Tuesday, January 6, 2009

In Adam’s Fall…

the fall of humanity The concept of total depravity is not a popular doctrine in current evangelical pop-culture. I challenge anyone to tell me where either Rick Warren or Joel Osteen treat the subject of the sinfulness of mankind with any kind of muscle or vigor. They don't emphasize it. When I read Warren's Purpose Driven Life I was overwhelmingly disappointed with the way in which any personal offense against God is NOT explained. He de-emphasizes depravity by talking about sin more by its personal results (unhappiness, mistakes, lack of purpose) than by its essential influence. I wonder if that can be a true gospel. I think he personally believes in depravity. But it is quite unpopular to believe in sin, eternal punishment, and a God Who cannot abide sin in His creation.

Osteen is even more outlandish. His lack of theological acuity is pathetically apparent. He preaches a feel-good religion devoid of the gospel and sadly, this kind of teaching is what leads the Christian market of religious ideas in America today and around the world. I long for what the pilgrims had. No I don’t sing “give me that old time religion”, but past generations had a Christianity most evangelicals will never know.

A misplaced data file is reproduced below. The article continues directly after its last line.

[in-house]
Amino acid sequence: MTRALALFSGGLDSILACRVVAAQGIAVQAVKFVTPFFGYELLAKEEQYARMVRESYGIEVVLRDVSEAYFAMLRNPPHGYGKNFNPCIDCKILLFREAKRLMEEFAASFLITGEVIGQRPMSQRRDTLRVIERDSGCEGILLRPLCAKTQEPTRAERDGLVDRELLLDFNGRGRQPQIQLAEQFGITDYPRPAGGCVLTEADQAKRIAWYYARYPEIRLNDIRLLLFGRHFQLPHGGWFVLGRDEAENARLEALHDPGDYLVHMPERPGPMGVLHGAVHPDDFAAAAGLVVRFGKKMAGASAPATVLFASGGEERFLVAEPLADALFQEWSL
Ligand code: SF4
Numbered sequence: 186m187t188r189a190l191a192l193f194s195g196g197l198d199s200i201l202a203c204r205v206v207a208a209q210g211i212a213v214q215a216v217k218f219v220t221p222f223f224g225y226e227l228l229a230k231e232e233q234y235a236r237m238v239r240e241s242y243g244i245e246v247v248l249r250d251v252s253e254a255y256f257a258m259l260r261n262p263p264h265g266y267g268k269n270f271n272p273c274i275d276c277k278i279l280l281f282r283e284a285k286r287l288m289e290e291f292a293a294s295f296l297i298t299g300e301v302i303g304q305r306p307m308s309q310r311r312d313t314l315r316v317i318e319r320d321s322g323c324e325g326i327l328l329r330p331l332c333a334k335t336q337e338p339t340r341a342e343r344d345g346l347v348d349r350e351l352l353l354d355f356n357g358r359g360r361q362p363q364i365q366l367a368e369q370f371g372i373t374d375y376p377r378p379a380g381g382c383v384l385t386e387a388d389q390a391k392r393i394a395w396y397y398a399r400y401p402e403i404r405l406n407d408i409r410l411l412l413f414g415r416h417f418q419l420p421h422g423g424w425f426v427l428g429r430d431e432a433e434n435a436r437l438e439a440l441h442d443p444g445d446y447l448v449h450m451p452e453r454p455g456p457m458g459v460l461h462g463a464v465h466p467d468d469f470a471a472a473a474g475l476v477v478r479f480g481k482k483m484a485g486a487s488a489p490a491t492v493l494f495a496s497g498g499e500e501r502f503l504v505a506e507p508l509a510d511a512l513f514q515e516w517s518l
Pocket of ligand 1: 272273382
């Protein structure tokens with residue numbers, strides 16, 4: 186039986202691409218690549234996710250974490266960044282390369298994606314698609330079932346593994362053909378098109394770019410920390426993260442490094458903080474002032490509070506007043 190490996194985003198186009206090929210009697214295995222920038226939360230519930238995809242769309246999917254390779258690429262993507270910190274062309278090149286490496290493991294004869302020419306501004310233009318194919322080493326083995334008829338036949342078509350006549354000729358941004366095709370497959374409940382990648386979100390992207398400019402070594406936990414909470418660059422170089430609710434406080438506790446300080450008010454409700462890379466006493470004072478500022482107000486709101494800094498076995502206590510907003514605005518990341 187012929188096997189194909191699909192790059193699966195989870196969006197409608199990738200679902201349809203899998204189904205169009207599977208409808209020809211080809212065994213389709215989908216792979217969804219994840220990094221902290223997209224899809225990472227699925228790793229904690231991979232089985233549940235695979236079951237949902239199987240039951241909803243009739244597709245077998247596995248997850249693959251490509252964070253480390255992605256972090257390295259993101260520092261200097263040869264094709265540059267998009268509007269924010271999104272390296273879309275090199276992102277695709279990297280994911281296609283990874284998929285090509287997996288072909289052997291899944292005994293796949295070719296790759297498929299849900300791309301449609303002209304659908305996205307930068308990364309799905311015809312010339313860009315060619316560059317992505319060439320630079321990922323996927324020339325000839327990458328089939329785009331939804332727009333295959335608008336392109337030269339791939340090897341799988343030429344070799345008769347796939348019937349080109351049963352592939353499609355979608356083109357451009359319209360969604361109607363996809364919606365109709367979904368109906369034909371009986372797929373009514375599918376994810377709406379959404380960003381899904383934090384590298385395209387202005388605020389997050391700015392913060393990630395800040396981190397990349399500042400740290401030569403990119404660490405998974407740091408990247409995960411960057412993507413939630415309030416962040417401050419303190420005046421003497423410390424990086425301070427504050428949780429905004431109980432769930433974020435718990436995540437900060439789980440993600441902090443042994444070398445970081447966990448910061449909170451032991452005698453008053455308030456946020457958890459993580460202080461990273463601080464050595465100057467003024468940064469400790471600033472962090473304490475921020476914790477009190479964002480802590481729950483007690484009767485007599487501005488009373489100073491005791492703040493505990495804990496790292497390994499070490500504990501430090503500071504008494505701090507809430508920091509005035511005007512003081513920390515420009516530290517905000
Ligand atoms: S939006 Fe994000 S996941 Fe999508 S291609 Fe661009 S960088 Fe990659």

The earliest primer used in America to teach young children to read began teaching the alphabet with this theological truth: "A is for Adam. In Adam's fall, we sinned all." How ironic that in a children's book of ABC's from three centuries past there is a more robust commitment to the need for the gospel than in the best-selling preachers today!

Now an understanding of depravity is not an end in itself. Because if we really come to know that our rebellion against God deserves His wrath and punishment, we will find our hearts feeling hopeless. Depravity does not end with the enormity of sin. It is a road to the need for the gospel. And that is why we must really make sure that people know they are sinners before they can be saved. It is why the gospel is really good news because Jesus rescues us from sin and its devastating effects on us as individuals and as a society. No government can do that. No legislature can prevent sin. But Jesus can redeem hearts, create new ones, and save us from the "dust-fate" that has met us all since Adam fell.

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